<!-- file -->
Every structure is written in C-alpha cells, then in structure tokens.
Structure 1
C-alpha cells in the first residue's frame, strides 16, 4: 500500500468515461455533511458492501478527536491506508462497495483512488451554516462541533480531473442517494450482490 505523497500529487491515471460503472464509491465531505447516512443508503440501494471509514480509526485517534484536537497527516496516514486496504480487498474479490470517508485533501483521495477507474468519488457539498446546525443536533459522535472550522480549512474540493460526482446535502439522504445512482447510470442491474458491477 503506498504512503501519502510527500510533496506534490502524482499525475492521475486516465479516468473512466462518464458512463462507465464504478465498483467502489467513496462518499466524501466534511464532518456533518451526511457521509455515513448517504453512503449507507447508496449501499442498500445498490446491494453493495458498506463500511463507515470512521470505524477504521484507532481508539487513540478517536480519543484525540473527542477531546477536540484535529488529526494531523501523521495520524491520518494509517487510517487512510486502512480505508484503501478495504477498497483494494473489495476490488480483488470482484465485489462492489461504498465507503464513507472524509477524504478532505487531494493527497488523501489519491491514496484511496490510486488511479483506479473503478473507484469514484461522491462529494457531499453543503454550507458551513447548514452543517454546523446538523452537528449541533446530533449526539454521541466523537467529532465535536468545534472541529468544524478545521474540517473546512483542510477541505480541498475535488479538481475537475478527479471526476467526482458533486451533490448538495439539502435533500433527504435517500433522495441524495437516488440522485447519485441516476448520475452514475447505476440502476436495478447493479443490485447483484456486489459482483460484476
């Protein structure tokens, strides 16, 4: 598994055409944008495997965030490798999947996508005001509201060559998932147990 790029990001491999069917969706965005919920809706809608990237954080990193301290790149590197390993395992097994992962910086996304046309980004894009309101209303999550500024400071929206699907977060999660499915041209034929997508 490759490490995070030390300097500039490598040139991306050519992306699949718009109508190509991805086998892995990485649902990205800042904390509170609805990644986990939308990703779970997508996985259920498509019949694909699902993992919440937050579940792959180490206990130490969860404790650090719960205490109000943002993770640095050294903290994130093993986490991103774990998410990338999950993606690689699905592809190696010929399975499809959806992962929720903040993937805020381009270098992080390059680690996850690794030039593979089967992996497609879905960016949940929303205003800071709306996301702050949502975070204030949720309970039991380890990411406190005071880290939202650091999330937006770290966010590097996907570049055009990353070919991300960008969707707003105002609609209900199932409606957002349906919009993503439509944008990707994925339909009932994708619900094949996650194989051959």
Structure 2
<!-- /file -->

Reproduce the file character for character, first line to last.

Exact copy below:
Every structure is written in C-alpha cells, then in structure tokens.
Structure 1
C-alpha cells in the first residue's frame, strides 16, 4: 500500500468515461455533511458492501478527536491506508462497495483512488451554516462541533480531473442517494450482490 505523497500529487491515471460503472464509491465531505447516512443508503440501494471509514480509526485517534484536537497527516496516514486496504480487498474479490470517508485533501483521495477507474468519488457539498446546525443536533459522535472550522480549512474540493460526482446535502439522504445512482447510470442491474458491477 503506498504512503501519502510527500510533496506534490502524482499525475492521475486516465479516468473512466462518464458512463462507465464504478465498483467502489467513496462518499466524501466534511464532518456533518451526511457521509455515513448517504453512503449507507447508496449501499442498500445498490446491494453493495458498506463500511463507515470512521470505524477504521484507532481508539487513540478517536480519543484525540473527542477531546477536540484535529488529526494531523501523521495520524491520518494509517487510517487512510486502512480505508484503501478495504477498497483494494473489495476490488480483488470482484465485489462492489461504498465507503464513507472524509477524504478532505487531494493527497488523501489519491491514496484511496490510486488511479483506479473503478473507484469514484461522491462529494457531499453543503454550507458551513447548514452543517454546523446538523452537528449541533446530533449526539454521541466523537467529532465535536468545534472541529468544524478545521474540517473546512483542510477541505480541498475535488479538481475537475478527479471526476467526482458533486451533490448538495439539502435533500433527504435517500433522495441524495437516488440522485447519485441516476448520475452514475447505476440502476436495478447493479443490485447483484456486489459482483460484476
């Protein structure tokens, strides 16, 4: 598994055409944008495997965030490798999947996508005001509201060559998932147990 790029990001491999069917969706965005919920809706809608990237954080990193301290790149590197390993395992097994992962910086996304046309980004894009309101209303999550500024400071929206699907977060999660499915041209034929997508 490759490490995070030390300097500039490598040139991306050519992306699949718009109508190509991805086998892995990485649902990205800042904390509170609805990644986990939308990703779970997508996985259920498509019949694909699902993992919440937050579940792959180490206990130490969860404790650090719960205490109000943002993770640095050294903290994130093993986490991103774990998410990338999950993606690689699905592809190696010929399975499809959806992962929720903040993937805020381009270098992080390059680690996850690794030039593979089967992996497609879905960016949940929303205003800071709306996301702050949502975070204030949720309970039991380890990411406190005071880290939202650091999330937006770290966010590097996907570049055009990353070919991300960008969707707003105002609609209900199932409606957002349906919009993503439509944008990707994925339909009932994708619900094949996650194989051959």
Structure 2